Capital Fringe Festival brings alternative theater to D.C.

For 18 days this summer, performers and theater-lovers, alike, will converge on Northeast D.C. for Capital Fringe, a festival celebration of alternative performances.

Dana Gooley, special to wtop.com

WASHINGTON – For 18 days this summer, performers and theater-lovers, alike, will converge on Northeast D.C. for Capital Fringe, a festival celebration of alternative performances.

The eighth annual festival will showcase 130 shows at 18 venues throughout the city, beginning July 11.

Here’s a quick guide on some scenes and shows worth checking out at this year’s Fringe Festival.

Go to the Fort

Fort Fringe, located at 607 New York Ave. NW, serves as the headquarters of Capital Fringe. Here, festival attendees can grab a bite, a drink and share a conversation about the shows, while also taking in some live music.

The bar serves dishes like ginger teriyaki turkey burgers and granny smith apple and cheddar paninis, along with your standard half-smoke and grilled cheese.

On tap, the Fort bar has local brews like Three Stars, Chocolate City and Flying Dog.

Fort Fringe also sells tickets and multi-show passes to the festival.

Take in the Shows

While the Fort is definitely the place to see and be seen, the performances are the core of the festival.

Here are some worth checking out:

Big River (and Other Wayfaring Ballets): Using the music of “The Man In Black,” MOVEiUS Contemporary Ballet mixes contemporary and classical in its modern ballet performance. The show will take place at GALA Theatre at Tivoli Square (3333 14th St. NW). This show is recommended for all ages.

A Day in the Life of Miss Hiccup: Japanese comedian Shoshinz plays Miss Hiccup, a little clown with a lot of noise in her life. Her shows delight kids and adults of all ages. This performance will take place at 612 L St. NW.

Mark Twain’s Riverboat Extravaganza!: If the old, tall tales of American history seem worn and boring, Mark Twain’s “Riverboat Extravaganza!” will make them new again. With music, dance, comedy and plenty of puppets, the Pointless Theatre Company brings Twain’s famous characters to life. Revisiting stories like “Rip Van Winkle” and “John Henry,” the characters get help from the ghost of Abe Lincoln to keep things historically accurate. This show is recommended for all ages and will show at Studio Theatre (1501 14th St. NW).

Urban Legends: Written and performed by West Potomac High School students, “Urban Legends” is a creepy, funny show that might leave you afraid to turn out the light. If you’re a fan of scary stories told around a campfire, this show is for you. It’s recommended to those 13 and older and is playing at Mount Vernon United Methodist Church (900 Massachusetts Ave. NW).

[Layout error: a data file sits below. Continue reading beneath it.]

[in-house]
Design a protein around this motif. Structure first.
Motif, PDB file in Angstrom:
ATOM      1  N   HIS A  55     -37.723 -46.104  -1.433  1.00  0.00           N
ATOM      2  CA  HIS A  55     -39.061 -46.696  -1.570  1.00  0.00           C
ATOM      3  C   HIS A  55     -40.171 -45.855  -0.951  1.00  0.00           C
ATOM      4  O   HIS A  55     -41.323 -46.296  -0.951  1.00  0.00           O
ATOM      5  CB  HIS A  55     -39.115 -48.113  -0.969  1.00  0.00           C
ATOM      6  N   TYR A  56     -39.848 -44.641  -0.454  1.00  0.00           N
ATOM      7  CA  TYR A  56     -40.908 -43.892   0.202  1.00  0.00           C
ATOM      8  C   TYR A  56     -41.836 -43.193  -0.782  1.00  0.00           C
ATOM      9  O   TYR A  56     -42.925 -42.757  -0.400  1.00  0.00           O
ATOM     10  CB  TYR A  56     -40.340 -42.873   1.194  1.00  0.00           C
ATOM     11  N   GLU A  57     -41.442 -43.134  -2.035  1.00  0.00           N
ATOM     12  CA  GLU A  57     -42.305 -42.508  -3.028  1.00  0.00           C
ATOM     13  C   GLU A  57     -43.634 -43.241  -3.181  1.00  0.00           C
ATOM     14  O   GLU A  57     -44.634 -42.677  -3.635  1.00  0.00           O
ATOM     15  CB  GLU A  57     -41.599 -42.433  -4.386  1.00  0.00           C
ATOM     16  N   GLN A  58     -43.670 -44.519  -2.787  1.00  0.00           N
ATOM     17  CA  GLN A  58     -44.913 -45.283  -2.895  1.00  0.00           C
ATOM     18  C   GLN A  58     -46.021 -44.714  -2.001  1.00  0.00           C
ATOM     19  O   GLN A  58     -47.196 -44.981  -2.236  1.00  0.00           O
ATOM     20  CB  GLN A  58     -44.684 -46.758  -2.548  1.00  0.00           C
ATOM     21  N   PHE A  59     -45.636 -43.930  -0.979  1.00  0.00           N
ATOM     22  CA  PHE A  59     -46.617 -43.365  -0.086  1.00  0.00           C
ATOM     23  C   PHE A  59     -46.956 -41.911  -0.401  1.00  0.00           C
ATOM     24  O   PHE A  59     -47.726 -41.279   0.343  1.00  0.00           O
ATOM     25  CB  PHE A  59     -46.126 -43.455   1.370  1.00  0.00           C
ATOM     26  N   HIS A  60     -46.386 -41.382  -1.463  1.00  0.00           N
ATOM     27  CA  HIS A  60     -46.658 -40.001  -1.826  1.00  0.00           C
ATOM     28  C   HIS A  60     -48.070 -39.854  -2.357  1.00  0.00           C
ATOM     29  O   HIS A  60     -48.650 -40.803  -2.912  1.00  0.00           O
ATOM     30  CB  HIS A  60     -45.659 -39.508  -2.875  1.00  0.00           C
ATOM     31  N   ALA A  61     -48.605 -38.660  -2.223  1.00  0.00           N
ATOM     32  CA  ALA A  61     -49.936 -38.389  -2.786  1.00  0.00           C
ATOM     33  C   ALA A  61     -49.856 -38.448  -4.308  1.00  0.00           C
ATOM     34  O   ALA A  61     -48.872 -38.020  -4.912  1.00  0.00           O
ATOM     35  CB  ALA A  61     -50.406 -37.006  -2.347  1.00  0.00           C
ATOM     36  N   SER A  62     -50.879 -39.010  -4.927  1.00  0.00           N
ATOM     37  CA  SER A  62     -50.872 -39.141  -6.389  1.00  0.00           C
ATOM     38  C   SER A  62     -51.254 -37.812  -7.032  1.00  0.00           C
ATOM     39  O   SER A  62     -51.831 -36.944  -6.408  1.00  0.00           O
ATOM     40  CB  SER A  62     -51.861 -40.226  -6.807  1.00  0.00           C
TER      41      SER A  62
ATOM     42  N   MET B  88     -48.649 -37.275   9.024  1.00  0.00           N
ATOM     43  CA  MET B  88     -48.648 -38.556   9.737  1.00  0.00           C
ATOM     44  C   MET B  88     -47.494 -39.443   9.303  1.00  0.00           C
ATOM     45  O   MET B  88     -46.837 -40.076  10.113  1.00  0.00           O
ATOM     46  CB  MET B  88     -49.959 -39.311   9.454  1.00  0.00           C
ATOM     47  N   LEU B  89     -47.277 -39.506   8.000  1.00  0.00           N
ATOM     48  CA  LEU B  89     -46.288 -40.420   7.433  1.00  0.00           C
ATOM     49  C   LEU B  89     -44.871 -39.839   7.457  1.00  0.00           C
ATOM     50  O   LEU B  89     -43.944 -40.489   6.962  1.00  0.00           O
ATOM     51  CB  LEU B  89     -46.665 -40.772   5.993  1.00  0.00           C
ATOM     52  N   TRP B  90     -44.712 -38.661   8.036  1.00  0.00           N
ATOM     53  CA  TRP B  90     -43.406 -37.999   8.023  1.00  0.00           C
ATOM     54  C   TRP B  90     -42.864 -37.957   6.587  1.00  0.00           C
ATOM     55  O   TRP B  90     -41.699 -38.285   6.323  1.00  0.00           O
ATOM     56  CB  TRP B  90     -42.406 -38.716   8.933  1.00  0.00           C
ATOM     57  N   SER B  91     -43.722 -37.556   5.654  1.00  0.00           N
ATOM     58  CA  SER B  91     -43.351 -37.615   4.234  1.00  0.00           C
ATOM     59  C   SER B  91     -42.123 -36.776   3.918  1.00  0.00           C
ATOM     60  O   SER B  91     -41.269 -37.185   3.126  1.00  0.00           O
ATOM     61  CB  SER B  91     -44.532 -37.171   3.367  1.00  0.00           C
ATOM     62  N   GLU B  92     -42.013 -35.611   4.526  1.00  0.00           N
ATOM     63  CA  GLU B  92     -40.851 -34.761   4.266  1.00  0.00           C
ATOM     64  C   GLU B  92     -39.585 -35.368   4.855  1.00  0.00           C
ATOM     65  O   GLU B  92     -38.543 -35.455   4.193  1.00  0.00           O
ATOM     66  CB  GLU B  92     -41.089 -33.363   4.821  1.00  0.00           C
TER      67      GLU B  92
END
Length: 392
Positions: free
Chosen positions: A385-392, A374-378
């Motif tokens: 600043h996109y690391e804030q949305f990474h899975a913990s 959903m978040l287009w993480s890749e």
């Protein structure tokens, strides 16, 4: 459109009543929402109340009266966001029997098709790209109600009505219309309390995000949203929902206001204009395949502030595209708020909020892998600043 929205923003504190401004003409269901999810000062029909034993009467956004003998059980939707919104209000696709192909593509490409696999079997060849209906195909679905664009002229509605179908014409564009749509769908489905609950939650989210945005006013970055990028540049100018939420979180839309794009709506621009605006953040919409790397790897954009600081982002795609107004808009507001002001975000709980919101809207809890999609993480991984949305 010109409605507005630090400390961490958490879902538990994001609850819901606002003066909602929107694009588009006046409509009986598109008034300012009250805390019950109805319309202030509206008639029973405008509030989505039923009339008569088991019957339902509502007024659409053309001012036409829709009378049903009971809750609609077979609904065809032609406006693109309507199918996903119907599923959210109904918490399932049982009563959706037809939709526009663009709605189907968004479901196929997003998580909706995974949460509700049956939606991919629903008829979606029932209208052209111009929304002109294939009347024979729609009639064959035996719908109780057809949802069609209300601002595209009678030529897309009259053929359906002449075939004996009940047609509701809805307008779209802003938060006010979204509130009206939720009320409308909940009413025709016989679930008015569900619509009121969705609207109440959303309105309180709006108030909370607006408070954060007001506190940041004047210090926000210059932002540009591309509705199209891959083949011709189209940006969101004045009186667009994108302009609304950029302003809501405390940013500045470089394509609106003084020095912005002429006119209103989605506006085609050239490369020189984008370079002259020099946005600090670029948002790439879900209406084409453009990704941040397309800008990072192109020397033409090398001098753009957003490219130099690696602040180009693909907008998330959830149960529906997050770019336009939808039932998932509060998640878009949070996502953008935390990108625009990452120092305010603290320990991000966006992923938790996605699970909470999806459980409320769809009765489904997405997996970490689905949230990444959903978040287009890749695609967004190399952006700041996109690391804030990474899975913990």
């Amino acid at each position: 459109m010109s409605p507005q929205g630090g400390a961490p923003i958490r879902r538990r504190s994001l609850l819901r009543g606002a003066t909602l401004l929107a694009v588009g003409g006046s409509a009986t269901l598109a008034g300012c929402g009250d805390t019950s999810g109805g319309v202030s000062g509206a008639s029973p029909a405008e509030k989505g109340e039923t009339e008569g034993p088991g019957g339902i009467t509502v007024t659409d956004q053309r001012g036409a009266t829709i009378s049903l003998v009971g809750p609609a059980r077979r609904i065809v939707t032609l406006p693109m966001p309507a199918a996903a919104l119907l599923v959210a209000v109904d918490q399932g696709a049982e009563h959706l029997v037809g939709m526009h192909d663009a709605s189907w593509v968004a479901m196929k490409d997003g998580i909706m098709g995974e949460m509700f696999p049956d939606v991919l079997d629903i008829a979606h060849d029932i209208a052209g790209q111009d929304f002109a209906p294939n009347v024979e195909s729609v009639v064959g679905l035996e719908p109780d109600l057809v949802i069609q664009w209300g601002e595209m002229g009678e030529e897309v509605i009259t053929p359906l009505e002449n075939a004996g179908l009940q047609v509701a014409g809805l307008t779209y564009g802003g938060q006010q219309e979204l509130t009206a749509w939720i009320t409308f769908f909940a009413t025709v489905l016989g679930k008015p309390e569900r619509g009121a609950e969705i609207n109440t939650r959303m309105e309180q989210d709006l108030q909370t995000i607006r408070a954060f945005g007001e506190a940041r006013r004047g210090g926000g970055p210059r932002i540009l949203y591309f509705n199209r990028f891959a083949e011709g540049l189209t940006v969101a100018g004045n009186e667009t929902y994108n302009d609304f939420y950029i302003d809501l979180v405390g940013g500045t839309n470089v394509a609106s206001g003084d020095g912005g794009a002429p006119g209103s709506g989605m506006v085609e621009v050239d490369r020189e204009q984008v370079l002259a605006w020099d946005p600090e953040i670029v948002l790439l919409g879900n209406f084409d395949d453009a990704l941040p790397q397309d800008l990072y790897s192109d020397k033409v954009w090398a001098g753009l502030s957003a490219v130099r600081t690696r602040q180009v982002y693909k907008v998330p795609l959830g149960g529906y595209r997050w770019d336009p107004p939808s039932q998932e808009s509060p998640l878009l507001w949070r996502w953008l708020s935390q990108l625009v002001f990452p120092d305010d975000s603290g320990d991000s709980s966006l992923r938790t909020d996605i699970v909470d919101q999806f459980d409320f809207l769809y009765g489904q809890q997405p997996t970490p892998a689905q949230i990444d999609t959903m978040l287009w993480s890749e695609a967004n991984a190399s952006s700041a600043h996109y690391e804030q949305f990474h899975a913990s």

Tragedy Averted: Have you ever wanted to hear Ophelia’s side of things, before she threw herself into the lake? In “Tragedy Averted,” presented by the Ad Hoc Players, Shakespeare’s tragic heroines gather for brunch before their deaths and talk about their problems in a hilarious and touching way. “Tragedy Averted” is recommended to those 13 and older. It is showing at Fort Fringe (607 New York Ave. NW).

To Know A Veil: “To Know A Veil” is a multimedia exploration of what it means to veil and reveal the female body. Part documentary, part art installation, part party game, it’s sure to be an interesting and unique show. “To Know a Veil” is recommended for those 13 and older. It’s showing at Warehouse (645 New York Ave. NW).

H Street Housewives: H Street Housewives is a hilarious look at the changing dynamics of the H Street Corridor. The show description promises “Chickens in the backyard” and “Flame wars on the mommy listserv,” as well as promiscuous househusbands and an evil plan to change H Street forever. This show is recommended for adults only. It’s showing at 612 L St. NW.

Body Armor: “Body Armor” is a dark, unblinking look at war, responsibility and the differences (or not) between the insurgent and the peacekeeper. The story of stranded soldiers in Afghanistan poses serious questions about the U.S. “Body Armor” is best recommended for adults only. It is showing at Gearbox (1021 7th St. NW, 3rd Floor).

Kubrilesque: For Stanley Kubrick lovers and burlesque fans, there’s “Kubrilesque,” a burlesque parody of several of Kubrick’s films. The show combines different styles of dance to move from film-to-film. “Kubrilesque” is recommended for adults only and is showing at GALA Theatre at Tivoli Square (3333 14th St. NW).

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